Water Wheel

This week on Search Engine Stories the prompt is  WHAT IS THE WORLD SEEKING?

Here is my story – 

Mary saw the wheel in the water, moving in an arc so it looked liked someone was steering it from below. The spokes were green with algae, lush as a rainforest. The mosquitoes were out already, pricking at her skin. She slapped at one and a smear of blood spread across her arm. She wondered if it was her blood and was slightly repulsed that it might be someone else’s.

She and Brendan had been fighting again. The same old stuff. His habit of insisting she had said something she knew she hadn’t, knew she would never say to anyone, was beginning to grate. Her resentment was like internal bleeding, buried deep, not visible, but still, in fact, a wound. She did not like it when people who professed to love her, misinterpreted her character.

If Mary and Brendan were anything to go by, the world would always be at war. It was pettiness that stemmed the flow of the peace movement, an inability to let go of past slighted feelings, not a thirst for battle.

Mary’s hands were shaking; really badly now. It might be nerves, anxiety or the sadness Mary felt for her future lodging itself in her central nervous system, blocking her synapses. She flexed her fingers over and over again, hoping to stimulate blood flow. Her hands were cold, always cold. People in the shop jumped backwards when she gave them their change as if she had sent ten thousand volts through them. You should see someone about that, said one customer. Cold hands, warm heart, said another. Not in my case, Mary thought, my heart is wedged sideways in permafrost.

A Japanese tourist startled her with a flashbulb, photographing the wheel in the water as if it was a piece of art or an ancient relic. He bowed to Mary, gesturing to the wheel with a delighted smile on his face. Mary couldn’t help but giggle at his enthusiasm for what was really a piece of garbage. It got her thinking that maybe the wheel was imbued with more power than she had given it credit for.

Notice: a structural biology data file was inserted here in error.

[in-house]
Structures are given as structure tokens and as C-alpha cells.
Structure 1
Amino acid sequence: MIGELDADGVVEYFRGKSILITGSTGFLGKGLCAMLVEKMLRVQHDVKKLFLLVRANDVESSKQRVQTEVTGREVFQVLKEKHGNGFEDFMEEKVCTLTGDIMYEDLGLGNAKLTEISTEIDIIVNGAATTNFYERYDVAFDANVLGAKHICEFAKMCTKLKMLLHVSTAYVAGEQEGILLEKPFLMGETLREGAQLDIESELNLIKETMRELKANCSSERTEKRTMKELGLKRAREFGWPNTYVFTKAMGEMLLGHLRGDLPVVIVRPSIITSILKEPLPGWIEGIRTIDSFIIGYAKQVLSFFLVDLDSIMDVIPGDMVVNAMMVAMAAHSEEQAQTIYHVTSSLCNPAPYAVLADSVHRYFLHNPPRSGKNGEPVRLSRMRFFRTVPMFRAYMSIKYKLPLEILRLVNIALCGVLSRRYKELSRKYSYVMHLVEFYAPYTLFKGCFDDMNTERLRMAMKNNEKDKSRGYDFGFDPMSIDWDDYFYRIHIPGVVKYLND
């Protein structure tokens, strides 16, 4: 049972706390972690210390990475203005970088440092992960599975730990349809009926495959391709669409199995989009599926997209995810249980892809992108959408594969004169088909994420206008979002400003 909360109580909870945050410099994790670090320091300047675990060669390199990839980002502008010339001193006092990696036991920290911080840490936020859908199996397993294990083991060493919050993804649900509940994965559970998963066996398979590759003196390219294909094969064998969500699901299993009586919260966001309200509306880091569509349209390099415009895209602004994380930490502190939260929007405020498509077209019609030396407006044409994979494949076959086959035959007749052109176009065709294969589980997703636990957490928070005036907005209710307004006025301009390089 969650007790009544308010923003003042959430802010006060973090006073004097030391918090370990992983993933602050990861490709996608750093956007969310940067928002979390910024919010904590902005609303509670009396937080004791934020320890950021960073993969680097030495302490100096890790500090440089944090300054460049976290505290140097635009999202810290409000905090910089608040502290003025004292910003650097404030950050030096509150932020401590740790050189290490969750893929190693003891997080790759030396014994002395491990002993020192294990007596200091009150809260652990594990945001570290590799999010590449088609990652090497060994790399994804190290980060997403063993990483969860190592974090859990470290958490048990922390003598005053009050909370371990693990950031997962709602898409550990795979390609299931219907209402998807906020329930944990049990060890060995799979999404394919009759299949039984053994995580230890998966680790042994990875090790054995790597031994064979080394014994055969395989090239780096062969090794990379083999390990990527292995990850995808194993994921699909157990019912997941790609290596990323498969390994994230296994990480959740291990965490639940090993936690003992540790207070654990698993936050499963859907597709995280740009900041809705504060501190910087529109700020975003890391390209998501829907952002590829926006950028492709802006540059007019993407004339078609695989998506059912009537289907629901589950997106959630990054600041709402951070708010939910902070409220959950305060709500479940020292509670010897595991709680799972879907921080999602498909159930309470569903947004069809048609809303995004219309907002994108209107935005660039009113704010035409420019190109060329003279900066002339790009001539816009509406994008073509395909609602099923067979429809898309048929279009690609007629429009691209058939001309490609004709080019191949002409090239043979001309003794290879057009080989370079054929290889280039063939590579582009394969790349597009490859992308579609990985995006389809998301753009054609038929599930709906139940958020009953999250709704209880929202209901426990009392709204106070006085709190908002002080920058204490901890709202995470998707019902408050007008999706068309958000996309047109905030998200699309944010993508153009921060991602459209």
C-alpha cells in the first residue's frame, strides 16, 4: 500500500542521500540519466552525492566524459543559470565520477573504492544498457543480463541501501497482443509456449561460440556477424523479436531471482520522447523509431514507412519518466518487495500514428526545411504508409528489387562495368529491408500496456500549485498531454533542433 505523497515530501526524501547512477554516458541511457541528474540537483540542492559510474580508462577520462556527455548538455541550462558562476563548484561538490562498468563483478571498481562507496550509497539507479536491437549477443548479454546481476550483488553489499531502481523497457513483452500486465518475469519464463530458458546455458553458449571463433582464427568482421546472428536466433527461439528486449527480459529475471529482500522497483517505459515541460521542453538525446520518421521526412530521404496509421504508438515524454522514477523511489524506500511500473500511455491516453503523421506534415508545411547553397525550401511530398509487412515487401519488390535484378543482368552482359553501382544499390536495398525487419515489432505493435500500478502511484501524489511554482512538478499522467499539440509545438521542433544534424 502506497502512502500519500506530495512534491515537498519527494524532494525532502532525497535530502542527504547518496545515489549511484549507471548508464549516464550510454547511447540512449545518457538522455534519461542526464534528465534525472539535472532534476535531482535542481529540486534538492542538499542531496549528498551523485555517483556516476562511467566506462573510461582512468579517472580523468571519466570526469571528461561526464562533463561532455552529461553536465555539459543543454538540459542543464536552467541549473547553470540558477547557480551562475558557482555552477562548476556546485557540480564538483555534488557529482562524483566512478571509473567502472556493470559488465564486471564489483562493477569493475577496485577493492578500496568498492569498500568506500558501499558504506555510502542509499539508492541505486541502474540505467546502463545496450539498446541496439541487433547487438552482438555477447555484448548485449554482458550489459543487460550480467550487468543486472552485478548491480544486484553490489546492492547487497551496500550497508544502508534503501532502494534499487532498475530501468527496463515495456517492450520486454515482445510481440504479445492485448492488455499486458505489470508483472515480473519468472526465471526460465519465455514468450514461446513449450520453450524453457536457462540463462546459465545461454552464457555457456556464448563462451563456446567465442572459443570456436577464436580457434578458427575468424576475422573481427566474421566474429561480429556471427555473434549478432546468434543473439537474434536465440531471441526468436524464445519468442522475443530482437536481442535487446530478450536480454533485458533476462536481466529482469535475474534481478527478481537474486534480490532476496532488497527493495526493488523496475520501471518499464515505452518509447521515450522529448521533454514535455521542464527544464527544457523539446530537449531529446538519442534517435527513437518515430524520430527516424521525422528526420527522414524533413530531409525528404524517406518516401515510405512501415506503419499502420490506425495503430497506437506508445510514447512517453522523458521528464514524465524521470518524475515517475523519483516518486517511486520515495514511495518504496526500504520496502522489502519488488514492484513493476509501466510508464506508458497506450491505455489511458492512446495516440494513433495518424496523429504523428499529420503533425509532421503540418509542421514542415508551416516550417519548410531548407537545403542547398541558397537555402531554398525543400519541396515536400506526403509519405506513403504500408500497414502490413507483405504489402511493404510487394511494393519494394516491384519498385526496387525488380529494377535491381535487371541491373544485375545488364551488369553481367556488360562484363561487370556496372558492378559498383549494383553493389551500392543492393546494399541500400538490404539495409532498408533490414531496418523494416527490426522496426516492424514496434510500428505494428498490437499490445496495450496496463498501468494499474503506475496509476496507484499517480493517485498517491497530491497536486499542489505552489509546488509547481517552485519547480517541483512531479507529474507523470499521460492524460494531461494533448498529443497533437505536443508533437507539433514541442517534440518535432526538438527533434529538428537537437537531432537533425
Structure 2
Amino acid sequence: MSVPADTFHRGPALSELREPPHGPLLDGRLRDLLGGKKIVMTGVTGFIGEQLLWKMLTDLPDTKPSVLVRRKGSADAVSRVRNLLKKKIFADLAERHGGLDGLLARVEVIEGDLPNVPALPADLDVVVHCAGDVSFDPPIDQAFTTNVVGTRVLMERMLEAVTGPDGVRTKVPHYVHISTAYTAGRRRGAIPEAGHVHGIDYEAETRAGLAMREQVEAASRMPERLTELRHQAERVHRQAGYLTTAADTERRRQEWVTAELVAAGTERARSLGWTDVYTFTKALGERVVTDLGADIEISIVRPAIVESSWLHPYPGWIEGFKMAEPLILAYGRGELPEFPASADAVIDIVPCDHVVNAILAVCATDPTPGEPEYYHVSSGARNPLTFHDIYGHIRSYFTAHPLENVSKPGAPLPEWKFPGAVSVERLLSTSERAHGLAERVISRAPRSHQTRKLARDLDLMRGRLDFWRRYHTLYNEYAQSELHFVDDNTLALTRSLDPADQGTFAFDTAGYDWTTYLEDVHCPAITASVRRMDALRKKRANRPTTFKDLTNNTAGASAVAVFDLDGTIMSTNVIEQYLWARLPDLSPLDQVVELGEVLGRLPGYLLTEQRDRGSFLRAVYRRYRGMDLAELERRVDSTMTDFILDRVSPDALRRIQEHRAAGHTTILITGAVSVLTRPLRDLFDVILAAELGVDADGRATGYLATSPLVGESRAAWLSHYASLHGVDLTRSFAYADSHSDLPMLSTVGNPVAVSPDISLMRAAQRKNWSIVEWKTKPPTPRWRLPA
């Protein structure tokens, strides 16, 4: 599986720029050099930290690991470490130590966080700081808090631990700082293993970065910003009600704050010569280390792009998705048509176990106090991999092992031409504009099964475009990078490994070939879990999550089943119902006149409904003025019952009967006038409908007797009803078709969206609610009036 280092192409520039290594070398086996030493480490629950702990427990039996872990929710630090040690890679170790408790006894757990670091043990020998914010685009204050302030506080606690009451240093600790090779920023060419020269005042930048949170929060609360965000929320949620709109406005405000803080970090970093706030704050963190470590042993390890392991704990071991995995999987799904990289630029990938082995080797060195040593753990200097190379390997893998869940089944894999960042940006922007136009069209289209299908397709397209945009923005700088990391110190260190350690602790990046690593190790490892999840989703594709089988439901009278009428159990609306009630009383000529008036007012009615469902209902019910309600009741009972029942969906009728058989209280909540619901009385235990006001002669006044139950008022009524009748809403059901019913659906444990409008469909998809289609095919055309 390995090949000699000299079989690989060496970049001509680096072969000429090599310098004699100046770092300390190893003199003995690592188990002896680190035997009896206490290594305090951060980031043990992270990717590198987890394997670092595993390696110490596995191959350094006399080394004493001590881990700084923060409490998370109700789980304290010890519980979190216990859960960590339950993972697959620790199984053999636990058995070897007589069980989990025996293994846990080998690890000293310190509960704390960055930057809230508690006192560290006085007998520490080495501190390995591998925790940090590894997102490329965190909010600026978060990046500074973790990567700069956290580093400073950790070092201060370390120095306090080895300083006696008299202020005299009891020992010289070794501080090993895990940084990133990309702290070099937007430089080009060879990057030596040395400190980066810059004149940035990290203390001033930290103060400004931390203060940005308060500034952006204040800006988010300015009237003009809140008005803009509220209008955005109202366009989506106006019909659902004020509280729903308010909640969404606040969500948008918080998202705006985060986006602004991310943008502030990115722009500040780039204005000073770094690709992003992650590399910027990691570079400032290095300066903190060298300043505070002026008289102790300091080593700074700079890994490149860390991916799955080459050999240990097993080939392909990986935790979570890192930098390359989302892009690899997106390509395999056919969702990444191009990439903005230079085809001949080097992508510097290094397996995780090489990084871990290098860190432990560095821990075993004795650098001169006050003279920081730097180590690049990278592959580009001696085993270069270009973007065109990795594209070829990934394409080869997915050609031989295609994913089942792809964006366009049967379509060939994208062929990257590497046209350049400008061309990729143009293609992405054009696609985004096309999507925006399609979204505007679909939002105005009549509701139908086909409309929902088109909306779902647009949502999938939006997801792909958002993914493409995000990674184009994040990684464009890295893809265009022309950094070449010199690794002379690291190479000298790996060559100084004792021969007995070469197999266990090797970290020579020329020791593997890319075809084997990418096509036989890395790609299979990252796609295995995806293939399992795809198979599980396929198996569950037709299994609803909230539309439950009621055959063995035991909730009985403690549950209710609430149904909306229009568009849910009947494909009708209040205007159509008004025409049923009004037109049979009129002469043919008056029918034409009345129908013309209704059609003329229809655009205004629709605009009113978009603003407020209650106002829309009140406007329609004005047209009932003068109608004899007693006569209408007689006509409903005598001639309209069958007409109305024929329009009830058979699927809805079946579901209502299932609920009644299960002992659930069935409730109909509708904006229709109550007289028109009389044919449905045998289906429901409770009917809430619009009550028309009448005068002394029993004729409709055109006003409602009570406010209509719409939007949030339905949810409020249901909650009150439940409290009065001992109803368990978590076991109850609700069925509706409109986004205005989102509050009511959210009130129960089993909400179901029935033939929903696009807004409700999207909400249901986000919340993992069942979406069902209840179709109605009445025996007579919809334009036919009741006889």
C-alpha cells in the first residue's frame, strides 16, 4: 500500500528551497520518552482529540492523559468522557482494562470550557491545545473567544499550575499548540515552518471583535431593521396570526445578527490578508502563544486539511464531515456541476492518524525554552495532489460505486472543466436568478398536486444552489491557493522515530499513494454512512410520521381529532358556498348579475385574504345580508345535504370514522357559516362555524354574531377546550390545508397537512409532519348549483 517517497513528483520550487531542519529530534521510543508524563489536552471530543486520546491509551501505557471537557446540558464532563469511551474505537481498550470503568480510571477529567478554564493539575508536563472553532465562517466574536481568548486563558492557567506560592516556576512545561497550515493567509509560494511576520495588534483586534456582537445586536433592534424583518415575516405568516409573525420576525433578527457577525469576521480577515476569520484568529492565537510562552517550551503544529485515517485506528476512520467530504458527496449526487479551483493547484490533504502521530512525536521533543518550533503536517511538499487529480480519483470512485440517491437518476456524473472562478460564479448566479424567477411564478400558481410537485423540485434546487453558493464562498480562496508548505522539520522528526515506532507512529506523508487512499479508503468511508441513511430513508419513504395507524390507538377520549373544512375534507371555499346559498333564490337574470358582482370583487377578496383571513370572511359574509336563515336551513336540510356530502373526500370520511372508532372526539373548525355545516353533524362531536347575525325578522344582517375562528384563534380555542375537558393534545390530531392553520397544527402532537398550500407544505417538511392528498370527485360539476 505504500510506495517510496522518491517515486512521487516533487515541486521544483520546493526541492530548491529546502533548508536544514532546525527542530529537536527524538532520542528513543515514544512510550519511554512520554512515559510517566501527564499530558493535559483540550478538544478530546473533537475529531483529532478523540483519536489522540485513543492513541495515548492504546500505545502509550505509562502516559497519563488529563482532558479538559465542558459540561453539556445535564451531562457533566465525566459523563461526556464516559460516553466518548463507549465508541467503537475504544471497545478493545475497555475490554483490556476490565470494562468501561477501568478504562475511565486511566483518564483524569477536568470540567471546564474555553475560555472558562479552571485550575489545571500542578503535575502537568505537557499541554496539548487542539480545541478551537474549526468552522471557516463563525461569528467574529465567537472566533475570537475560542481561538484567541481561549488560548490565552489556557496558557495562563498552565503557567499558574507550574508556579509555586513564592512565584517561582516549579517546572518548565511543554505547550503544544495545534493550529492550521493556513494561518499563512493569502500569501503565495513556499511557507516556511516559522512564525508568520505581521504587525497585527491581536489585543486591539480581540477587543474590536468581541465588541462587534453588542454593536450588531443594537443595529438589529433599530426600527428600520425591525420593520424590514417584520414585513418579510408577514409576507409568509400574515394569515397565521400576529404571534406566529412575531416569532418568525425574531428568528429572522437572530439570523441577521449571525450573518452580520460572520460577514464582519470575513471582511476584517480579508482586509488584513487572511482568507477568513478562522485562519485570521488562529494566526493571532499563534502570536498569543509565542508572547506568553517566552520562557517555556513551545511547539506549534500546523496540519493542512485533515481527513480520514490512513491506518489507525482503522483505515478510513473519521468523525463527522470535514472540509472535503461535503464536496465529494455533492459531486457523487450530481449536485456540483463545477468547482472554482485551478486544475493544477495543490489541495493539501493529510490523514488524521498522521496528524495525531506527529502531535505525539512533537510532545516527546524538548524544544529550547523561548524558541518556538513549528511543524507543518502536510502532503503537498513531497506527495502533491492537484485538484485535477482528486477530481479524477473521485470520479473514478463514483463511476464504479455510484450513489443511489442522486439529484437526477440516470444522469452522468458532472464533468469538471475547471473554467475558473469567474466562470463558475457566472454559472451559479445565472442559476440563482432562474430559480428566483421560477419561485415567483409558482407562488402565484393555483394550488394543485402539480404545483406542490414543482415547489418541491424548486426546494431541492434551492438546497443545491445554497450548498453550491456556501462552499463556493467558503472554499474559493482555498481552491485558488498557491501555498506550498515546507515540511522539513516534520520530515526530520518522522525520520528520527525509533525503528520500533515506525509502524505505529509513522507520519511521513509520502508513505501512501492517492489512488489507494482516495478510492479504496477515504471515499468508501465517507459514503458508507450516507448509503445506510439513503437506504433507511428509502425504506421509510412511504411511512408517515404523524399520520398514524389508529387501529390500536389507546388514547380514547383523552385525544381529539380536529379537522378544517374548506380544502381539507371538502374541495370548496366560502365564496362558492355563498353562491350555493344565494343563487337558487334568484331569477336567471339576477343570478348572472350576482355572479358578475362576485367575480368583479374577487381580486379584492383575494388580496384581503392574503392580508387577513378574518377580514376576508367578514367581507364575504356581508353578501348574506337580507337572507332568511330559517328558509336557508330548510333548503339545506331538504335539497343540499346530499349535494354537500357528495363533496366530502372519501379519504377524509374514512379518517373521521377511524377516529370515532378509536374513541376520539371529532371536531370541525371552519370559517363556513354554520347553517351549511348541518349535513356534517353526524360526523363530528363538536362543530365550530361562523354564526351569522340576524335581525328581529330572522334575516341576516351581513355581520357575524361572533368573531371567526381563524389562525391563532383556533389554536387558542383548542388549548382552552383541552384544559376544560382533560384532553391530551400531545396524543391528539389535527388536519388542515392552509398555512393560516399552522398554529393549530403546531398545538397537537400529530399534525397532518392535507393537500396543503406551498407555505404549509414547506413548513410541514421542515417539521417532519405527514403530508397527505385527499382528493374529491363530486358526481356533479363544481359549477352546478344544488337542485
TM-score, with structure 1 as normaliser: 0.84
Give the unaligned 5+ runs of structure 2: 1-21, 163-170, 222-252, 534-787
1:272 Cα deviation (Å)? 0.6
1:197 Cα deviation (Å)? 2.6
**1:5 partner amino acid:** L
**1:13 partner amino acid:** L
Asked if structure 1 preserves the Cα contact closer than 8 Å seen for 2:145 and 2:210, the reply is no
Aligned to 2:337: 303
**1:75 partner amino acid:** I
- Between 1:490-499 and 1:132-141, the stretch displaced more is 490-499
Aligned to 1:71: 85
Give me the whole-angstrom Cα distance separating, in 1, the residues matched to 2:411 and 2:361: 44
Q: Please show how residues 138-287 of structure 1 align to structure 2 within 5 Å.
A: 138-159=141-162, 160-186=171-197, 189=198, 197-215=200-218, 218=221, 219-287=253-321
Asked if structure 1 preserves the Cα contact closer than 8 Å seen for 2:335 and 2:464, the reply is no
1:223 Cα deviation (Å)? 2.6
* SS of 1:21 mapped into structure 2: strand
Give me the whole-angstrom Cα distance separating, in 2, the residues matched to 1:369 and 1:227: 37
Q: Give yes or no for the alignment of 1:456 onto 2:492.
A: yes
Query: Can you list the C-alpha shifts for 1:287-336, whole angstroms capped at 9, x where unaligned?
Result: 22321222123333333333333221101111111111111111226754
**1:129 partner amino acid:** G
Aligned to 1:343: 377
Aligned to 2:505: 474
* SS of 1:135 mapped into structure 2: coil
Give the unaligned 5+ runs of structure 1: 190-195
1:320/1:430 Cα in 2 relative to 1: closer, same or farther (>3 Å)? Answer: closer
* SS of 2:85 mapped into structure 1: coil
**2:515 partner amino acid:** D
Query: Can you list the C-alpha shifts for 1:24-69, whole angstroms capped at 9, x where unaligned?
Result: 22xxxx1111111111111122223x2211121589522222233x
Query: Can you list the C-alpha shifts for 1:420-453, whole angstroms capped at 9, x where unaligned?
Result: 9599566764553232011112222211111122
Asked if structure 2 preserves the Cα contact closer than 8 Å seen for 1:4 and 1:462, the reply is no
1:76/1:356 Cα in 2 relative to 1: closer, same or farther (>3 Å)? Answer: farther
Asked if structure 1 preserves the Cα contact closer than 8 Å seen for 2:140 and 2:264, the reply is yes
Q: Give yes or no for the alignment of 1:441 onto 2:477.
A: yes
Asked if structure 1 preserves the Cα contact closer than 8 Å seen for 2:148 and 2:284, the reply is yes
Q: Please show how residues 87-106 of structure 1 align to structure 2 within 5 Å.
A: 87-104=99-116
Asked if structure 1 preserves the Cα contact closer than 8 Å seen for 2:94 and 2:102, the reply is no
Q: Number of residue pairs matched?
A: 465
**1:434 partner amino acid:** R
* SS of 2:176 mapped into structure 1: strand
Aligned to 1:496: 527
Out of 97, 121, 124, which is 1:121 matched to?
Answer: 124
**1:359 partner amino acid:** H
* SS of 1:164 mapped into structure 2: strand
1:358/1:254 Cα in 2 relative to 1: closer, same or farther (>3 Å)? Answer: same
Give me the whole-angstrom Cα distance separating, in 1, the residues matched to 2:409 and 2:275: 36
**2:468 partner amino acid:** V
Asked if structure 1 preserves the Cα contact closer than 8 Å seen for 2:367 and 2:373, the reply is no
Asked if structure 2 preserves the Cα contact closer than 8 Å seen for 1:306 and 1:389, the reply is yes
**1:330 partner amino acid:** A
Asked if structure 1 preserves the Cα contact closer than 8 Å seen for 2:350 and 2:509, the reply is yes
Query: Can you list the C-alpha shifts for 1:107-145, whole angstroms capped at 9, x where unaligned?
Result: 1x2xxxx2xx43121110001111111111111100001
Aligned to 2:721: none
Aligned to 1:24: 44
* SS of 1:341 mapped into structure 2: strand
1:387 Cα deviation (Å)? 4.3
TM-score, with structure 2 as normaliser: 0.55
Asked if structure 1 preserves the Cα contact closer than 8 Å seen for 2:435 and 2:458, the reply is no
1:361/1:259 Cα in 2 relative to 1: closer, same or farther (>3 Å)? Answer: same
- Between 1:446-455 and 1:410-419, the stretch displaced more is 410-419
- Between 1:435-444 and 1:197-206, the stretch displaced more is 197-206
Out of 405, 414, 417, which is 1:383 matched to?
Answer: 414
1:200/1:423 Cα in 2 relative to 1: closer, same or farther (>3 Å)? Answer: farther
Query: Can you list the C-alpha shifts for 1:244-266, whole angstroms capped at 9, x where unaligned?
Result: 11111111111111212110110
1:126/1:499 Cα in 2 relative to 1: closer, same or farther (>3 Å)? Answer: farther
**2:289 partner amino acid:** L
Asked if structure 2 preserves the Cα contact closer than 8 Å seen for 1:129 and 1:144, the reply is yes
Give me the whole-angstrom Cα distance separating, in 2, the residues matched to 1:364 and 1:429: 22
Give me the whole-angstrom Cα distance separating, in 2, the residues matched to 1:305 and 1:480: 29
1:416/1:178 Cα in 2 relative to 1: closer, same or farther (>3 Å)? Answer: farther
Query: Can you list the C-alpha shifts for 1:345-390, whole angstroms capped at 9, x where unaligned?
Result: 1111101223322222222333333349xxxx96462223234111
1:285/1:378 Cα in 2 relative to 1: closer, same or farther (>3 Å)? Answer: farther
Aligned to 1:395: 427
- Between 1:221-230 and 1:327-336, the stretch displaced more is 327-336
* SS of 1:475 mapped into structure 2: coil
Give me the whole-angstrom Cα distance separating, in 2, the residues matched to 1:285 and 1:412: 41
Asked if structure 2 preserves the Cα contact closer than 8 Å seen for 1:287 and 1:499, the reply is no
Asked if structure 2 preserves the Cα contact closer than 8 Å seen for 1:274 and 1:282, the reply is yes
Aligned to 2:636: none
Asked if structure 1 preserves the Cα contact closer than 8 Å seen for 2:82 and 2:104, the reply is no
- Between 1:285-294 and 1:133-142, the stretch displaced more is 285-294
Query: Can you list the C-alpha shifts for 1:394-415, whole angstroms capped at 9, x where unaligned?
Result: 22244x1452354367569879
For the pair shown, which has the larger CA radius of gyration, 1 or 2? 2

She decided to play a game, to pretend the wheel had been sent to the surface by the creatures of the water. It was the wheel of fortune, telling her future, steering her in the right direction.

The wind stirred in the fig trees. The wheel swayed in the tide. There was a thicker globule of algae at the top. It was Mary’s marker.  She picked up a stick, spun the wheel. To the trees, I stay. To the water I go, she said.

She spun the wheel. It agitated the surface of the water, sending out ripples like radar, bobbing and dipping. Mary knew she was throwing herself on its mercy, but she didn’t care. It was her moment of truth. Her moment of proof.

The wheel stopped, pointing to the water. Mary nodded as if she had known all along where it would end up. She bowed at the water, the way the Japanese man had done, then began to walk away, far from where the place she had called home was.

She thought she should be crying. She thought there should be a lump in her throat, but she felt like a child going out to play.

As she turned the corner she passed the old church with the wrought iron gates. Every week they posted inspirational slogans on a huge billboard. Sometimes they were funny, sometimes sad; often the slogans were questions. Mary decided the questions were meant to be rhetorical for she could never find the answers, but today, for the first time, she actually knew the answer.